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Simple Machines

November 26, 2000

When we think of machines, the likes of robots, appliances and manufacturing equipment come to mind, but scientists also classify such common objects as the screw, the lever, the wedge and the wheel as simple machines. These devices that enabled ancient people to construct pyramids, manage irrigation and travel distances continue to be used today in different combinations to make work easier. Learn about the history and everyday uses of simple machines and try experiments to understand how they function through these direct links on The Times' Launch Point Web site: http://www.latimes.com/launchpoint/.

Level 1

Simple Machines: Inclined planes were used by the Egyptians to build the pyramids. View photos and animations of different simple machines, try some experiments to see how these machines work and find out how the ingenious rodents in the book, "Mrs. Frisby and the Rats of NIMH" used simple machines to create an elevator and move Mrs. Frisby's house.

http://library.thinkquest.org/J002079F/sub3.htm

Leonardo da Vinci: The Inventor's Toolbox: Renaissance artist and scientist Leonardo da Vinci drew sketches of inventions that combined machine parts and elements in innovative new ways. Be like Leonardo and study how simple machines and machine elements work to see if you can deduce which elements are used in everyday gadgets.

http://www.mos.org/sln/Leonardo/InventorsToolbox.html

Marvelous Machines: The Experiments: Discover for yourself how levers, wheels and inclined planes work through this collection of 21 experiments, most of which use common objects such as paper, rubber bands and pennies.

http://www.galaxy.net:80/~k12/machines/index.shtml

Level 2

BrainPOP: Simple Machines: A seesaw is an example of a class 1 lever, a wheelbarrow is an example of a class 2 lever and your arm is an example of a class 3 lever. View animated movies that explain how various types of levers work, as well as how inclined planes can make work easier.

http://www.brainpop.com/tech/simplemachines/

Nathan's Simple Machine Page: The thread of a screw can be seen as an inclined plane that is wrapped around a cylinder. View diagrams and photos of the six types of simple machines.

http://clccharter.org/~nathana/simple%20stuff/New_Folder/

Background on Simple Machines: Windmills, doorknobs and faucet handles are just a few examples of a wheel and axle. Learn about the history and development behind simple machines, find out how to calculate a machine's mechanical advantage and try making a simple pulley to lift an object.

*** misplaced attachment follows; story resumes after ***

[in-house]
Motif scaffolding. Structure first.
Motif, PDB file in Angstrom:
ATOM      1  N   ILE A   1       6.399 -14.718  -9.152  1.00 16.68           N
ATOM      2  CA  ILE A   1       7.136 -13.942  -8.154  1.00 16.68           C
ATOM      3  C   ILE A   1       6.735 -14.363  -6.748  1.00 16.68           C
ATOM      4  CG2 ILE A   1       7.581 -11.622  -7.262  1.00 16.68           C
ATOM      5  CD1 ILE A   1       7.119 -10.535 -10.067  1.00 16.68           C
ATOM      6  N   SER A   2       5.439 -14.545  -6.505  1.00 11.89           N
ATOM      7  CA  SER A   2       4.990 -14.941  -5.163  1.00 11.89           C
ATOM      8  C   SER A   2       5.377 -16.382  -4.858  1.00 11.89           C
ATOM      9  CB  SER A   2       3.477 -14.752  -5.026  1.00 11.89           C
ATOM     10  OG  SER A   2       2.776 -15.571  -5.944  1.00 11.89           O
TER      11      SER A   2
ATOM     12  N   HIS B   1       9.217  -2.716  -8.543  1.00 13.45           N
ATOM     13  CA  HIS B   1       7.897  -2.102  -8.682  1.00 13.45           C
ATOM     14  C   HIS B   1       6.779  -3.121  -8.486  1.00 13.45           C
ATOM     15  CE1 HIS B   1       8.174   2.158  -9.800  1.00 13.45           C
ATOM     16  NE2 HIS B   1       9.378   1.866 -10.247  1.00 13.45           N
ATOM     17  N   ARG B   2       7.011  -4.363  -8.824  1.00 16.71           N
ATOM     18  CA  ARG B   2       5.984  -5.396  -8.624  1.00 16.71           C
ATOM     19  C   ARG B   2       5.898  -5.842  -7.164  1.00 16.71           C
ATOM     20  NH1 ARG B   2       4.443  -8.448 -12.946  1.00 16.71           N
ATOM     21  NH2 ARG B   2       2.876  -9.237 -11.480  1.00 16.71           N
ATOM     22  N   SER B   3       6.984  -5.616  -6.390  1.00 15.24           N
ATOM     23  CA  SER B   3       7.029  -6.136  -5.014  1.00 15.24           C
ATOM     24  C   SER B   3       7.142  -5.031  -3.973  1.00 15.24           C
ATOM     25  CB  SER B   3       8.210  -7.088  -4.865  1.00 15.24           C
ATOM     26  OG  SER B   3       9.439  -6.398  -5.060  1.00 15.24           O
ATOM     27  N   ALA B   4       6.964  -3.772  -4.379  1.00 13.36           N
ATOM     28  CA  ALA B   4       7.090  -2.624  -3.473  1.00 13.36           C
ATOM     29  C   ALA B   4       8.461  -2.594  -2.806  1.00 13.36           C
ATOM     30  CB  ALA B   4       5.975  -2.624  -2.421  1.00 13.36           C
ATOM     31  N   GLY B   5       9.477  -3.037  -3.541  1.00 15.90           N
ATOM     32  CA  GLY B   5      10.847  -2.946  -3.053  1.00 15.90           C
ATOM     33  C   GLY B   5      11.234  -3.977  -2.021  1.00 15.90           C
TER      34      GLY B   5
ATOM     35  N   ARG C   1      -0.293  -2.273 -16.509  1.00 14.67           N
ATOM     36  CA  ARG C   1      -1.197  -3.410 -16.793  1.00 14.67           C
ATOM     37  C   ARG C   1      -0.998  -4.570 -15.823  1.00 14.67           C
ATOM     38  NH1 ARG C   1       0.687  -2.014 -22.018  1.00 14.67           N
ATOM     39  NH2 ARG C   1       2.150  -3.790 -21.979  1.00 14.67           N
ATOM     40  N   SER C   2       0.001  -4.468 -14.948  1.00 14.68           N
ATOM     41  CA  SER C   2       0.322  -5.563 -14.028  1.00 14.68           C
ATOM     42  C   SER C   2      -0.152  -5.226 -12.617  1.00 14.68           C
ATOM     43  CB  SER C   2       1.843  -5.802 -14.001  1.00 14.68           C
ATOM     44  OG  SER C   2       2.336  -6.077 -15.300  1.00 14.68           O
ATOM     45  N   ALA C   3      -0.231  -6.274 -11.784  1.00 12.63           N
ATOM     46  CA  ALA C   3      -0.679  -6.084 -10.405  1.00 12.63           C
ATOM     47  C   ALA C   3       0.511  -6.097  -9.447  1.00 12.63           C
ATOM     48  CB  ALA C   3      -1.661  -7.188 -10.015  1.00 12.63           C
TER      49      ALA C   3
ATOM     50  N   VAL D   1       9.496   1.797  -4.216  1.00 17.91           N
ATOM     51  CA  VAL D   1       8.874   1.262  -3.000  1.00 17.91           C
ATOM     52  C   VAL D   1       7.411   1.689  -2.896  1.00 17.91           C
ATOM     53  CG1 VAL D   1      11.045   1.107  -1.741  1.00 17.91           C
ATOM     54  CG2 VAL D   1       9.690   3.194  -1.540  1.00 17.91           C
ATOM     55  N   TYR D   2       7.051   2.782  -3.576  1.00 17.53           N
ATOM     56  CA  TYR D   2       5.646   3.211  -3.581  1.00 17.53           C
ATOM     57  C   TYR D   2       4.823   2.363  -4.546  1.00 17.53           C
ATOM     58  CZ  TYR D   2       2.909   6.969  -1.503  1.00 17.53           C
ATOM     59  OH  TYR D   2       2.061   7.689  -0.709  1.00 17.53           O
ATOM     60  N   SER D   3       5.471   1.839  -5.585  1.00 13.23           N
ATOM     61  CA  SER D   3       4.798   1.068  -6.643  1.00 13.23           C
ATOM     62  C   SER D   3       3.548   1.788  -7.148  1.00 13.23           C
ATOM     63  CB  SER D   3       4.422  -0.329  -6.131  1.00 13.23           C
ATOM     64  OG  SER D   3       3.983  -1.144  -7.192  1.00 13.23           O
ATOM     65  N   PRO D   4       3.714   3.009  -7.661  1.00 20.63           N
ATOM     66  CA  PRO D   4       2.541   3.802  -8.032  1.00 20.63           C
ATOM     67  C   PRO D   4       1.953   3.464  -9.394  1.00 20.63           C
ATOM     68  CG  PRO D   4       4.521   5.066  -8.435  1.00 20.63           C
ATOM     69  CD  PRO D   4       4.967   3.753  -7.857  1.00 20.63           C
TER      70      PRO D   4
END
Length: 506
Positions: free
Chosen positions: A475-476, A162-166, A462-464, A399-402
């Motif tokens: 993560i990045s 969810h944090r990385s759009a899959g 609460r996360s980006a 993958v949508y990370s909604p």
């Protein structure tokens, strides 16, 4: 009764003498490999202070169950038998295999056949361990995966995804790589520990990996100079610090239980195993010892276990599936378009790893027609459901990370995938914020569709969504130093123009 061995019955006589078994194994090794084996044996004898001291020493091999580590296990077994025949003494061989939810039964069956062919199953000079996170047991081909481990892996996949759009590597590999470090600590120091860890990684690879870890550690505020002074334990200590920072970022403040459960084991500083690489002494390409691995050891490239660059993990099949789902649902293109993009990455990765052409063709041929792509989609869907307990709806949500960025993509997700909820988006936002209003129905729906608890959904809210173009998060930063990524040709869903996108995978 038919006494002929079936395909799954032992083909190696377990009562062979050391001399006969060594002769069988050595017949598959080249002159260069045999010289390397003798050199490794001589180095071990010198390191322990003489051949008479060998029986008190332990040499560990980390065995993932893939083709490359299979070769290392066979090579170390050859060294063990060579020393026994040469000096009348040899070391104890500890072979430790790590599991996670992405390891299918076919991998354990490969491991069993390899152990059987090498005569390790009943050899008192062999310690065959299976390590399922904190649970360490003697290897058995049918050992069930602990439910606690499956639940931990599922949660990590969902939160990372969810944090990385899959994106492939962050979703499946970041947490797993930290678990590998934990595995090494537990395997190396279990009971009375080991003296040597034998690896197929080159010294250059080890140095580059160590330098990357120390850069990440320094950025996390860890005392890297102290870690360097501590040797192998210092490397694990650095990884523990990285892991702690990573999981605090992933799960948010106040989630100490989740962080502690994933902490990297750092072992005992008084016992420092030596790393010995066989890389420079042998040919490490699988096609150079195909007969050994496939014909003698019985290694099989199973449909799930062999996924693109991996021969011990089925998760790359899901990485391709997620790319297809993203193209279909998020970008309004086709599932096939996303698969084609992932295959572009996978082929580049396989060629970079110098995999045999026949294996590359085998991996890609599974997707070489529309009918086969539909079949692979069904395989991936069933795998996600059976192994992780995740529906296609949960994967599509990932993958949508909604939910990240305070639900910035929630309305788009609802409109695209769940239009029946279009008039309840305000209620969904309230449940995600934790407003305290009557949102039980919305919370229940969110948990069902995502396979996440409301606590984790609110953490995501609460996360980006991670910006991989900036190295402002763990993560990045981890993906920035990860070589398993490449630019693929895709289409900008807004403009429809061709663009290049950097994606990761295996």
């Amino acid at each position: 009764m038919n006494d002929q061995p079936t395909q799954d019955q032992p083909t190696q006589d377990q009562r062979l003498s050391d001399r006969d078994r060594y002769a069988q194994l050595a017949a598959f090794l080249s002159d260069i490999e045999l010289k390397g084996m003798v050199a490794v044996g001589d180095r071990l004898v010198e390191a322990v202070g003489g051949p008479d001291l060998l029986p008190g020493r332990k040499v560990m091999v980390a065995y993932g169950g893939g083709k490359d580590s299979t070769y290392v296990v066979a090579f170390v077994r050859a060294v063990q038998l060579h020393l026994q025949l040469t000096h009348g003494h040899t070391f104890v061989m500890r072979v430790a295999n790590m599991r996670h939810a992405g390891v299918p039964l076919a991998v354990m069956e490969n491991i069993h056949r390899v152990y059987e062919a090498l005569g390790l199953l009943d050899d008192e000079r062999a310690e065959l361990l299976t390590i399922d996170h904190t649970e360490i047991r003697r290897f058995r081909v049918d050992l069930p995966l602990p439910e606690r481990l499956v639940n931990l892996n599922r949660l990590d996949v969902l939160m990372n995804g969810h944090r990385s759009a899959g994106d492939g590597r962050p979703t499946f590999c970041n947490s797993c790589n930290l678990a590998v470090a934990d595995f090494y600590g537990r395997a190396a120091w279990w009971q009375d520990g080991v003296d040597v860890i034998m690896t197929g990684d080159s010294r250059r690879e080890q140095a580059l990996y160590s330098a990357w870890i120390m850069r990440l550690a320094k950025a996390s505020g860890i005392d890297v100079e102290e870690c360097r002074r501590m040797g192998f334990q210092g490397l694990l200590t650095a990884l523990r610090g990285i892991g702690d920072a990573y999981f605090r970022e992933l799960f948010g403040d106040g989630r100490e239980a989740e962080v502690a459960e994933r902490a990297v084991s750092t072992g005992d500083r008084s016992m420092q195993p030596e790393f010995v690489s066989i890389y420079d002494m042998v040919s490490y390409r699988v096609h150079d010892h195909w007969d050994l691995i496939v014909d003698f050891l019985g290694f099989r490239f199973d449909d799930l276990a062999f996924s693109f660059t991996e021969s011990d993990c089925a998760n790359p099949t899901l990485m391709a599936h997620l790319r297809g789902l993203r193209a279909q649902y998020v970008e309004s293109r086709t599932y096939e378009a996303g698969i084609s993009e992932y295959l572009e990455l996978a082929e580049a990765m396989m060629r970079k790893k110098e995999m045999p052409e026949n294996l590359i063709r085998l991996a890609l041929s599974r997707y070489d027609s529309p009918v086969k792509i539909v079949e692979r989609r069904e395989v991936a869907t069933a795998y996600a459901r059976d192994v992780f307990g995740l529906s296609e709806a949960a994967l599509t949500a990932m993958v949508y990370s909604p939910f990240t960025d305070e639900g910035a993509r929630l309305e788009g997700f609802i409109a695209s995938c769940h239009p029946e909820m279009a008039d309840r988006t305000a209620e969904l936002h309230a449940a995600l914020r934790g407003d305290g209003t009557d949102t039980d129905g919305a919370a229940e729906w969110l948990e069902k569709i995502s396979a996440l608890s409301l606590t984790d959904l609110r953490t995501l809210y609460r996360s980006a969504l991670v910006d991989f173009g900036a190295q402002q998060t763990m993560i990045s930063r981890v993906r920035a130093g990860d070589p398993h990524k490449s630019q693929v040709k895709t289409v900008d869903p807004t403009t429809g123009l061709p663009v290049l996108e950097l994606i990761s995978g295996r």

http://www.science-tech.nmstc.ca/engine.cfm?function=link&idx=1394&

language=english

Level 3

Encarta: Machine: Known for creating a special screw for raising water, ancient Greek inventor Archimedes once said, "Give me a lever long enough and a place to stand and I will move the Earth." Read about the history of machines and find out how complex contraptions are often made from combinations of simple machines.

http://encarta.msn.com/find/concise.asp?mod=1&ti=761562252&page=1

How Stuff Works: Machines: From bathroom scales to automobiles, find out how complex machines are composed of such elements as levers and wheels and axles through diagrams, photos and animations.

http://www.howstuffworks.com/sc-machines.htm

Motion, Energy and Simple Machines: Can a 10-pound object be lifted with just 5 pounds of force? Discover how simple machines enable us to perform more work with less effort as you try some experiments and learn about Newton's Three Laws of Motion.

http://www.necc.mass.edu/MRVIS/MR3_13/start.htm

Launch Point is produced by the UC Irvine department of education, which reviews each site for appropriateness and quality. Even so, parents should supervise their children's use of the Internet. This column was designed by Anna Manring.

EXPLORER'S QUEST

The answer to this Internet quiz can be found in the sites at right.

Scissors, catapults and balance scales are all examples of what simple machine?

CLUE: See Nathan's Simple Machine Page

Find What You Need to Know: Have a project on California history? Need help doing a math problem? Launch Point now covers more than 150 topics for getting your schoolwork done. Go to http://www.latimes.com/launchpoint/ for the full list of subjects and direct links to the best Internet sites.

Answer to the Nov. 12 Quest: The number 6 or "six"is spelled the same in both French and English.

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